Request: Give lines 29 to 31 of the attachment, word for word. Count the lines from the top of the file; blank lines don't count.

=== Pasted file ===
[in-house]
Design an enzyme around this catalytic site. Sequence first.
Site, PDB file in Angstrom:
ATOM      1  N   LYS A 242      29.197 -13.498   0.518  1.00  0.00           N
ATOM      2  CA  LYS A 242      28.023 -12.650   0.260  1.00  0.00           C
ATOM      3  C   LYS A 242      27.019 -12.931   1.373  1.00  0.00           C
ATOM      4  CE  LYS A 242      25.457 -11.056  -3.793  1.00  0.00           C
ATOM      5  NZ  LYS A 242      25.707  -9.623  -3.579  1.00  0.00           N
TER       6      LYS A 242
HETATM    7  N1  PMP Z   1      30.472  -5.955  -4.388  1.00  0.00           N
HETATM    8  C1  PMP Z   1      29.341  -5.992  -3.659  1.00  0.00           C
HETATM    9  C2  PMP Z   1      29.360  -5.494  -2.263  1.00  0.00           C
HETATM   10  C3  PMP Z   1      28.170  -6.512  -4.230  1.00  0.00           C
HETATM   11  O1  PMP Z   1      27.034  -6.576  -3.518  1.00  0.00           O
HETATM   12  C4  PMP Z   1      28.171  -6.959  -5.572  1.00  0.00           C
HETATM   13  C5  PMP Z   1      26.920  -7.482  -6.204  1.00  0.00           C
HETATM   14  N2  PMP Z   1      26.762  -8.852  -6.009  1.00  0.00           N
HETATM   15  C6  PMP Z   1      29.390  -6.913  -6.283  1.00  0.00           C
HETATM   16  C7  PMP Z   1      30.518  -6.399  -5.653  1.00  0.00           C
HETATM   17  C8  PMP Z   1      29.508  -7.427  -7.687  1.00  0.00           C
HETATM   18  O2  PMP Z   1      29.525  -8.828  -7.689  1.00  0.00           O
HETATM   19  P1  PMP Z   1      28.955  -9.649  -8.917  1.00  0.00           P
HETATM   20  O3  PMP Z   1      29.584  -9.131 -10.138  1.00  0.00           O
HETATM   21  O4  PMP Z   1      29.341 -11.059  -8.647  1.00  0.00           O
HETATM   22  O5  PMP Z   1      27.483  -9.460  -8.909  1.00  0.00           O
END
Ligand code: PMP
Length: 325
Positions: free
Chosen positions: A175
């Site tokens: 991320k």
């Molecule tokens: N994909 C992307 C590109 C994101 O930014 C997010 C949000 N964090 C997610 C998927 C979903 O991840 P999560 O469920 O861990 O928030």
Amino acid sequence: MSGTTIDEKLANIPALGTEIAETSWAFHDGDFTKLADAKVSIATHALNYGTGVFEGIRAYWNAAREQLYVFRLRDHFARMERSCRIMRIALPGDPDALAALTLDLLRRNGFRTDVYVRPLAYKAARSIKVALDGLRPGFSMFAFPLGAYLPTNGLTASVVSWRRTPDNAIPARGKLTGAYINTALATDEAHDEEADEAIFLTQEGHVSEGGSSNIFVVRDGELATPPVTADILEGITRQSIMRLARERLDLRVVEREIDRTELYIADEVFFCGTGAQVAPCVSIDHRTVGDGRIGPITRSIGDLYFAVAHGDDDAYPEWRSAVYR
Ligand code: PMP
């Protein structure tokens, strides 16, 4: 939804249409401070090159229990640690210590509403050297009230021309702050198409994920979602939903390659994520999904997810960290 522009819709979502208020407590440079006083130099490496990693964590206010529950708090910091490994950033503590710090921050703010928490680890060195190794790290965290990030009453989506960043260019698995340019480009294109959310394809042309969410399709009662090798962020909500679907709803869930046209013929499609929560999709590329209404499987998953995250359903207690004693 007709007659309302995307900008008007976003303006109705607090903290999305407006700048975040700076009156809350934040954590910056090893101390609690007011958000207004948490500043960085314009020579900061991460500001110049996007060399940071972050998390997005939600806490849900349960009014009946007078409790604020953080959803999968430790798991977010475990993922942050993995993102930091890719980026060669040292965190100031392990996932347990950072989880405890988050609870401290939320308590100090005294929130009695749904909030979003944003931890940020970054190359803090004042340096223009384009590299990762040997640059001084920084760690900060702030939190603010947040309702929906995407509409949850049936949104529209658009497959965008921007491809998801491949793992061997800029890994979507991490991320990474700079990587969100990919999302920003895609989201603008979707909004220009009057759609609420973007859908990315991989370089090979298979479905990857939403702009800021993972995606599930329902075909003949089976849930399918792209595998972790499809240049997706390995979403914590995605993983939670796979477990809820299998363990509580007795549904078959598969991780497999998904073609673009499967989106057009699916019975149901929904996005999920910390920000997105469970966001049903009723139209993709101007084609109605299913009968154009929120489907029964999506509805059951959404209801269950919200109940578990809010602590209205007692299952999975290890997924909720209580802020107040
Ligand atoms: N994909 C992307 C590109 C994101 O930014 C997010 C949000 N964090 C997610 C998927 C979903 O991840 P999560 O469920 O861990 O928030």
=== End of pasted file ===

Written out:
Positions: free
Chosen positions: A175
């Site tokens: 991320k």